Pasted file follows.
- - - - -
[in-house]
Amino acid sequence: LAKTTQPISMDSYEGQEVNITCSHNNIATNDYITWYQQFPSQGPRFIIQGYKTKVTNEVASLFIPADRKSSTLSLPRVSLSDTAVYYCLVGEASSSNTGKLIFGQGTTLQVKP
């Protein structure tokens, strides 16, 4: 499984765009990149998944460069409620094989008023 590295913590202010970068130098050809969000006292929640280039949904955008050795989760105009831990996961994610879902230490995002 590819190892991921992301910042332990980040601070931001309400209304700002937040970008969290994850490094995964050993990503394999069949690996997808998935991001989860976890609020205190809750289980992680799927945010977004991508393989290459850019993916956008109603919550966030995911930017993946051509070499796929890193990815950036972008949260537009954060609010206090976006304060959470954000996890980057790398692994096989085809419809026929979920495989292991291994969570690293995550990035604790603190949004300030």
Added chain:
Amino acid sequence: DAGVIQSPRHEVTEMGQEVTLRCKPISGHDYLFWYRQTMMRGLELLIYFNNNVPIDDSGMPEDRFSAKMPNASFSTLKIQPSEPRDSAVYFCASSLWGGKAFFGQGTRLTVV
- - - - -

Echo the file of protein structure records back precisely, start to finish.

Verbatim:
[in-house]
Amino acid sequence: LAKTTQPISMDSYEGQEVNITCSHNNIATNDYITWYQQFPSQGPRFIIQGYKTKVTNEVASLFIPADRKSSTLSLPRVSLSDTAVYYCLVGEASSSNTGKLIFGQGTTLQVKP
């Protein structure tokens, strides 16, 4: 499984765009990149998944460069409620094989008023 590295913590202010970068130098050809969000006292929640280039949904955008050795989760105009831990996961994610879902230490995002 590819190892991921992301910042332990980040601070931001309400209304700002937040970008969290994850490094995964050993990503394999069949690996997808998935991001989860976890609020205190809750289980992680799927945010977004991508393989290459850019993916956008109603919550966030995911930017993946051509070499796929890193990815950036972008949260537009954060609010206090976006304060959470954000996890980057790398692994096989085809419809026929979920495989292991291994969570690293995550990035604790603190949004300030």
Added chain:
Amino acid sequence: DAGVIQSPRHEVTEMGQEVTLRCKPISGHDYLFWYRQTMMRGLELLIYFNNNVPIDDSGMPEDRFSAKMPNASFSTLKIQPSEPRDSAVYFCASSLWGGKAFFGQGTRLTVV